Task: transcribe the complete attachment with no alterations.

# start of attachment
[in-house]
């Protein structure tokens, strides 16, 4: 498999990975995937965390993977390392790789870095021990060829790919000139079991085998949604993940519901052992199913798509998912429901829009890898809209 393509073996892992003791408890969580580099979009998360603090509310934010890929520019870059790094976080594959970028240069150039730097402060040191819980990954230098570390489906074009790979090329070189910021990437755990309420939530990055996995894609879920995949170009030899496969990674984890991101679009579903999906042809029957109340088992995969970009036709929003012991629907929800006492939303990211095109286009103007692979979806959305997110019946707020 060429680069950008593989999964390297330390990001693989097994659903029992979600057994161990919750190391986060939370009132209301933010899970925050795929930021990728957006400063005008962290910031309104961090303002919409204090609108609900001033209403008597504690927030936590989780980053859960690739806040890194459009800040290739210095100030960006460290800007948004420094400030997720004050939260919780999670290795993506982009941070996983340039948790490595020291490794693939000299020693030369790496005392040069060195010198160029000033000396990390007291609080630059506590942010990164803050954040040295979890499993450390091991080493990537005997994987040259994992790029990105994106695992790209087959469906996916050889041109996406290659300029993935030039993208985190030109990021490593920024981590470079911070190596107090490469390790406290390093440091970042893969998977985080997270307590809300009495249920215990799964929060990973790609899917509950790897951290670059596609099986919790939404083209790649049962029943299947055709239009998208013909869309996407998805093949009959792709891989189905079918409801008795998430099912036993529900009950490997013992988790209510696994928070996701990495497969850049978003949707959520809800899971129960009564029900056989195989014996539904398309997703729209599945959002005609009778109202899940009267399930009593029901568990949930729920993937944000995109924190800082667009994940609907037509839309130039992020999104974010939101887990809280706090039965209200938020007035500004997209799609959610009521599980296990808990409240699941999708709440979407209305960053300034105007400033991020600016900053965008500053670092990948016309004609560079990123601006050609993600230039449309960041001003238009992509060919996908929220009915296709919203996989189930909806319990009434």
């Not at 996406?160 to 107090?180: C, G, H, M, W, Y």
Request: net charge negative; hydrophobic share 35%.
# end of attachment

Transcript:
[in-house]
């Protein structure tokens, strides 16, 4: 498999990975995937965390993977390392790789870095021990060829790919000139079991085998949604993940519901052992199913798509998912429901829009890898809209 393509073996892992003791408890969580580099979009998360603090509310934010890929520019870059790094976080594959970028240069150039730097402060040191819980990954230098570390489906074009790979090329070189910021990437755990309420939530990055996995894609879920995949170009030899496969990674984890991101679009579903999906042809029957109340088992995969970009036709929003012991629907929800006492939303990211095109286009103007692979979806959305997110019946707020 060429680069950008593989999964390297330390990001693989097994659903029992979600057994161990919750190391986060939370009132209301933010899970925050795929930021990728957006400063005008962290910031309104961090303002919409204090609108609900001033209403008597504690927030936590989780980053859960690739806040890194459009800040290739210095100030960006460290800007948004420094400030997720004050939260919780999670290795993506982009941070996983340039948790490595020291490794693939000299020693030369790496005392040069060195010198160029000033000396990390007291609080630059506590942010990164803050954040040295979890499993450390091991080493990537005997994987040259994992790029990105994106695992790209087959469906996916050889041109996406290659300029993935030039993208985190030109990021490593920024981590470079911070190596107090490469390790406290390093440091970042893969998977985080997270307590809300009495249920215990799964929060990973790609899917509950790897951290670059596609099986919790939404083209790649049962029943299947055709239009998208013909869309996407998805093949009959792709891989189905079918409801008795998430099912036993529900009950490997013992988790209510696994928070996701990495497969850049978003949707959520809800899971129960009564029900056989195989014996539904398309997703729209599945959002005609009778109202899940009267399930009593029901568990949930729920993937944000995109924190800082667009994940609907037509839309130039992020999104974010939101887990809280706090039965209200938020007035500004997209799609959610009521599980296990808990409240699941999708709440979407209305960053300034105007400033991020600016900053965008500053670092990948016309004609560079990123601006050609993600230039449309960041001003238009992509060919996908929220009915296709919203996989189930909806319990009434």
């Not at 996406?160 to 107090?180: C, G, H, M, W, Y």
Request: net charge negative; hydrophobic share 35%.